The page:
SaiBaba History

About SaiBaba

SaiBaba was a spiritual Guru in India, depending on one's perspective, was a saint, fakir, or satguru. Both Muslims and Hindu devotees honoured and revered him, and he emphasised the value of submitting to the Murshid or Satguru who may guide his pupil down the path of spiritual training.

His followers revere him all around the world. His lessons placed a strong emphasis on self-realization, serving others, upholding a moral code of love, forgiveness, inner serenity, altruism, contentment, and devotion to the guru and God. He preached both Hinduism and Islam in his sermons. He gave the mosque he resided in the name Dwarakamayi, used both religions' core principles in his teachings, and was buried at Shirdi.

The book Sai SatCharitra contains a wealth of knowledge regarding SaiBaba. At the age of sixteen, he had travelled to the Maharashtra district of Ahmednagar. He performed strict penance and sat still in an asana beneath a tree. He left the community to become a weaver and join the fakirs. He also participated in Rani Lakshmibai of Jhansi's army during the 1857 Indian Rebellion.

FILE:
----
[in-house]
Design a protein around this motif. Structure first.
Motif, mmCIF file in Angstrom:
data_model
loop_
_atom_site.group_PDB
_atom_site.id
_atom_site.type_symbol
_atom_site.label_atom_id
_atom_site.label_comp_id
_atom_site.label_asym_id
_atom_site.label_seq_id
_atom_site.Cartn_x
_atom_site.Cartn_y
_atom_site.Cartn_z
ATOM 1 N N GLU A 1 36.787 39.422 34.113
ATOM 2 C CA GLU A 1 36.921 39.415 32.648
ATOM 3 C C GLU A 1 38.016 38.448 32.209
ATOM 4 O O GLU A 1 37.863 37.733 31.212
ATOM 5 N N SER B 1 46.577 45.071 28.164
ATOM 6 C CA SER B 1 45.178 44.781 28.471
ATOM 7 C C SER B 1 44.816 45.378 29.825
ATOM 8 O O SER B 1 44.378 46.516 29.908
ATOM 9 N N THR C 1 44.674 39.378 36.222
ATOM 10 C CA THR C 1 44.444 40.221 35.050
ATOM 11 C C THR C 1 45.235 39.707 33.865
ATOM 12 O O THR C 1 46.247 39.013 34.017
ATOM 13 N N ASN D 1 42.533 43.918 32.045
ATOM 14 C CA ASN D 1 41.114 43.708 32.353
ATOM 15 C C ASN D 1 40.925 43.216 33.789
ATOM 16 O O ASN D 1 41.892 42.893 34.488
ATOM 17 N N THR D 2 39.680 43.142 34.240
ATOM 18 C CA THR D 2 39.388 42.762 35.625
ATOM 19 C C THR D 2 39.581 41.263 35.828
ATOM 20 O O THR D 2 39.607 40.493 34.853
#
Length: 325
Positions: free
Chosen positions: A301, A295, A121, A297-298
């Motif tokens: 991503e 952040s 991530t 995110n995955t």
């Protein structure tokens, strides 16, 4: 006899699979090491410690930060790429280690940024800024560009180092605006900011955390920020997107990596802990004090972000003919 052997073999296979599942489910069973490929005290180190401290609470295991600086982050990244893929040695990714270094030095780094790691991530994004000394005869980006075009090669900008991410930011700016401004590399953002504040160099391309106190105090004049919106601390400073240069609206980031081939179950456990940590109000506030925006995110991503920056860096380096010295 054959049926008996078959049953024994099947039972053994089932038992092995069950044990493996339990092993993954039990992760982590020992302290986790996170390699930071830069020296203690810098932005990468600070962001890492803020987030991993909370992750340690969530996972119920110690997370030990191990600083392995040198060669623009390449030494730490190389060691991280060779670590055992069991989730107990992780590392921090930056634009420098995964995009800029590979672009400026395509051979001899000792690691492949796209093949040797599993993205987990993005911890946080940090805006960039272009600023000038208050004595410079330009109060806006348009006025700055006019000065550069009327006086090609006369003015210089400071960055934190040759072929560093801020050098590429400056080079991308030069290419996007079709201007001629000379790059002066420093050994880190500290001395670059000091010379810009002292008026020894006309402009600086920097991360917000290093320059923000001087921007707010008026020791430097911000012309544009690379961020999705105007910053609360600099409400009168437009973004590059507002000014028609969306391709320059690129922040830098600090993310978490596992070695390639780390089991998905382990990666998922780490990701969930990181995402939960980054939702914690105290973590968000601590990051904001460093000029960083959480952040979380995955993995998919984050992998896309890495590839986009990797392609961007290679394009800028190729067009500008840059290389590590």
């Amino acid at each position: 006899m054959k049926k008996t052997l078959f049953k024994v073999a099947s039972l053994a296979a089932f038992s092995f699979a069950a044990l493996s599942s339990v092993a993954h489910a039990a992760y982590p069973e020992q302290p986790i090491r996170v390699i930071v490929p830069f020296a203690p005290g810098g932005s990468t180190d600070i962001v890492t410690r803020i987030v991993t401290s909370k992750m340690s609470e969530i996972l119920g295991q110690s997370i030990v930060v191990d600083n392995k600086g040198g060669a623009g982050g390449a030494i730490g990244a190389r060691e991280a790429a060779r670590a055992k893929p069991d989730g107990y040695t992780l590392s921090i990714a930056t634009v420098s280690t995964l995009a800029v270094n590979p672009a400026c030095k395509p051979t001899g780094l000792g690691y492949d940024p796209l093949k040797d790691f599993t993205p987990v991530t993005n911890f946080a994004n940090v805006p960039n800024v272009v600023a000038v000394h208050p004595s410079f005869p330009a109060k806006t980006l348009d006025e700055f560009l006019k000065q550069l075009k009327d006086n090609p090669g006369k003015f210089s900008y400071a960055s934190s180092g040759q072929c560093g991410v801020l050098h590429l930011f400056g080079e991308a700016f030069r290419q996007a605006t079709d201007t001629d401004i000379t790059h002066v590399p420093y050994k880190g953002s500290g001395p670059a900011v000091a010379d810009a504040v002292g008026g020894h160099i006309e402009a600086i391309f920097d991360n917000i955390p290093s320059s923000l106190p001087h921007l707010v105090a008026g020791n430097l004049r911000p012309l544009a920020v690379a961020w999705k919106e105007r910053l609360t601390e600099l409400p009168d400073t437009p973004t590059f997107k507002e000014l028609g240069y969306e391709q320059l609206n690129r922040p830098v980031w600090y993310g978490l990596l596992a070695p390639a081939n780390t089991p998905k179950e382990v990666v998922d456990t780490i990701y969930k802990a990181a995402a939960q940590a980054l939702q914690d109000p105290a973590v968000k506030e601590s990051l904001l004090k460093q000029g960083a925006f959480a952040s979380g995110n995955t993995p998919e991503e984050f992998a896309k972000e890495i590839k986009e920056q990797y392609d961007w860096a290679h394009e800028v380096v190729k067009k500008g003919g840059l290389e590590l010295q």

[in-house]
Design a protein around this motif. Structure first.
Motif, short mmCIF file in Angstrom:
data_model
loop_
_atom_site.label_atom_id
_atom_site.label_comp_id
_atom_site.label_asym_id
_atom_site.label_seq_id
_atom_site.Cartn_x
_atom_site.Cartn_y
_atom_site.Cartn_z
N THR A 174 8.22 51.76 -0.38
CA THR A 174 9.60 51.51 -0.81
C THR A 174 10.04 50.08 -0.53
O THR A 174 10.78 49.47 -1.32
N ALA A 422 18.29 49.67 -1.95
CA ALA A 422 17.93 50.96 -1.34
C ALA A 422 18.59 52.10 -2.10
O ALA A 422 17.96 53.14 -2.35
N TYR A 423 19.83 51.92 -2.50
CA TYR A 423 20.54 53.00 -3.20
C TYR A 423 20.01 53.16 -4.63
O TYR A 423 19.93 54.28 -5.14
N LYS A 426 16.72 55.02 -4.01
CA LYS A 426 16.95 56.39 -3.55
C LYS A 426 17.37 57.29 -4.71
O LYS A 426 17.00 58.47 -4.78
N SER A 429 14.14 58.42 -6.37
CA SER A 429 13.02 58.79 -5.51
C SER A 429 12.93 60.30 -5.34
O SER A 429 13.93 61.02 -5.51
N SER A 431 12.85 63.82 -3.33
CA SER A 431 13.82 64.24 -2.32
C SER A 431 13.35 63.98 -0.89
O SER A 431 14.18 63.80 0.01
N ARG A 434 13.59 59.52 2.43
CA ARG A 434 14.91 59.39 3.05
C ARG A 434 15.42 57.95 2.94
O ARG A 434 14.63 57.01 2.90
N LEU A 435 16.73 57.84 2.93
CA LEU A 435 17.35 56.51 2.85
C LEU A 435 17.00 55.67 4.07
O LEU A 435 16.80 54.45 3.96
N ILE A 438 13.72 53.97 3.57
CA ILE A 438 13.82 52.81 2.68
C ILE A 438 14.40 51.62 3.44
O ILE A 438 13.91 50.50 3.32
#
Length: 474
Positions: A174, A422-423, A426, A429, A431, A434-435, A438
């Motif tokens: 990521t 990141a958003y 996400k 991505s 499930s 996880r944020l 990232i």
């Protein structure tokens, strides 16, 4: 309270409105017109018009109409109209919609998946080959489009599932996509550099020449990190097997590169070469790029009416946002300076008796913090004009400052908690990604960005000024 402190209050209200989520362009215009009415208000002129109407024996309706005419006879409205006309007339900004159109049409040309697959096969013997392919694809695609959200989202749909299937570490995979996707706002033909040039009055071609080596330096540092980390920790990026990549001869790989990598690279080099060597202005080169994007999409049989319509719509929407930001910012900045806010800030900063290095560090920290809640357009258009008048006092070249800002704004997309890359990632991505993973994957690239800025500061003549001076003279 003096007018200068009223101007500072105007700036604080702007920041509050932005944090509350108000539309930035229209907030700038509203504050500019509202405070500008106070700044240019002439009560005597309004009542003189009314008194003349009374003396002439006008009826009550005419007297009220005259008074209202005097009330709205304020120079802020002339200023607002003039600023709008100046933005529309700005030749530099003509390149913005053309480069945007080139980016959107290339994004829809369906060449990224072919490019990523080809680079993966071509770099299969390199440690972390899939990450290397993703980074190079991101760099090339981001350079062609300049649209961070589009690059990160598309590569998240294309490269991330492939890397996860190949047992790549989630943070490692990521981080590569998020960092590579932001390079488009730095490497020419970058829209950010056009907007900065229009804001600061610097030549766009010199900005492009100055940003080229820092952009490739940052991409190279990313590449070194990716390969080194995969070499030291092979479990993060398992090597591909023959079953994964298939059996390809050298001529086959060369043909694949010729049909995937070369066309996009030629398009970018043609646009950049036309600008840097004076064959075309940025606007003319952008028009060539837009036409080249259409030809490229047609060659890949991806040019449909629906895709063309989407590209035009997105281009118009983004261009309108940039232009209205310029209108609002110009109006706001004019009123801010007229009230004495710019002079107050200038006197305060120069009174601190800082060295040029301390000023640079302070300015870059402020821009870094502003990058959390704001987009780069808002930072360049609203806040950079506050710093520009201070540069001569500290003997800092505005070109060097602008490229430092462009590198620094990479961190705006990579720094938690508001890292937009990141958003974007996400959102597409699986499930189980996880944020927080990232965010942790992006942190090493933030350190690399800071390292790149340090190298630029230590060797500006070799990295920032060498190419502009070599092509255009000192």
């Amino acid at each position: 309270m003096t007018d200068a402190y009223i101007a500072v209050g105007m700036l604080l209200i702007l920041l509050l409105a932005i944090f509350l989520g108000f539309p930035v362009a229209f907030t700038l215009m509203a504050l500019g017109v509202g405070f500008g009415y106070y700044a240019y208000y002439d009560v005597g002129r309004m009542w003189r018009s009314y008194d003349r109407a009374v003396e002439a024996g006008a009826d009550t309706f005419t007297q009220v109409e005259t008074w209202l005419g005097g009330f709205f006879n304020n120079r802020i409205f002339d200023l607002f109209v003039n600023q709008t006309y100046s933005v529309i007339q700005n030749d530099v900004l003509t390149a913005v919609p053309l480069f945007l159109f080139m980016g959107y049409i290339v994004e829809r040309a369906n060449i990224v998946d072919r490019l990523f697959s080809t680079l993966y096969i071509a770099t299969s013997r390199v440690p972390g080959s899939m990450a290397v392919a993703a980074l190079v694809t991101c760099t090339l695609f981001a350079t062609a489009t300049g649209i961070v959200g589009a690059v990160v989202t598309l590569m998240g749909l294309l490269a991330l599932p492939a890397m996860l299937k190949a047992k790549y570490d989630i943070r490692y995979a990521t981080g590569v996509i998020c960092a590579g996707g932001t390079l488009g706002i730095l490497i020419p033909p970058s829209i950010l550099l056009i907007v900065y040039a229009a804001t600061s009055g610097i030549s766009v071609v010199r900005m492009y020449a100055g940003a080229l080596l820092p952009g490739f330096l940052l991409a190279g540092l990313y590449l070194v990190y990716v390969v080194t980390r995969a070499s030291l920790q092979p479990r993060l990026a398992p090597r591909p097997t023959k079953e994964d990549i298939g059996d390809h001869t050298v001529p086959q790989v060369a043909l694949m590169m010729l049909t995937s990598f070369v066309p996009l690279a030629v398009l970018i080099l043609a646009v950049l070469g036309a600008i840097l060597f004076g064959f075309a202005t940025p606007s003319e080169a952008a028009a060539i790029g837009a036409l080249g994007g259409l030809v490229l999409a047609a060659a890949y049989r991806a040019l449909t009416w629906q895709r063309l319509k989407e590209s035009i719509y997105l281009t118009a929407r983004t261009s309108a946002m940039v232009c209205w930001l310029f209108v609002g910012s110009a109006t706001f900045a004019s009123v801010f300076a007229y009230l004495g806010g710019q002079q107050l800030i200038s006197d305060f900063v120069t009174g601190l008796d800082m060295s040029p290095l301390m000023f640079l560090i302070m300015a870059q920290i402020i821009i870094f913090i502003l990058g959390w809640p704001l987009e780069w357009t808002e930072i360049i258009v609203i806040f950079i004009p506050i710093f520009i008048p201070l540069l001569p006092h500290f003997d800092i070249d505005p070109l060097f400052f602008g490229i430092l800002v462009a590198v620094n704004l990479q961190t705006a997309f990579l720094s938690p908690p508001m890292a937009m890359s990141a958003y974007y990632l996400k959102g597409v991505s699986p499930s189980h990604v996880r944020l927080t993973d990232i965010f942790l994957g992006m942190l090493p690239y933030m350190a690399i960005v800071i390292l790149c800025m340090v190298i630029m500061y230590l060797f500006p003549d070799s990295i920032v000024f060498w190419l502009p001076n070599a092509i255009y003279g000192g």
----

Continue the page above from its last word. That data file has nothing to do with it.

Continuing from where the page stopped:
SaiBaba lived in Shirdi for three years before leaving for a year and then back in 1858 to dwell there permanently. After that, he started dressed in his well-known one-piece kafni robe and cloth cap ensemble. He travelled for four to five years while residing under a Neem tree and spent a lot of time wandering in the wild around Shirdi. Finally, he sought refuge in a crumbling mosque and subsisted on alms.

In the mosque, he kept a sacred fire from which he distributed holy ashes, or Udhi, to his visitors. Ash was thought to offer apostrophic and therapeutic properties. He served as the community's hakim and used his sacred ashes to heal the sick. After 1910, SaiBaba's renown continued to grow. His followers thought of him as a great saint with supernatural abilities or perhaps an avatar. Even his temple was constructed in Bhivpuri, Karjat.

SaiBaba's ideas were counter to Hinduism, Christianity, and Islam's prevailing theological dogma. He urged his followers to pray, chant the name of God, and read the Holy Scriptures. He advocated reading among Hindus.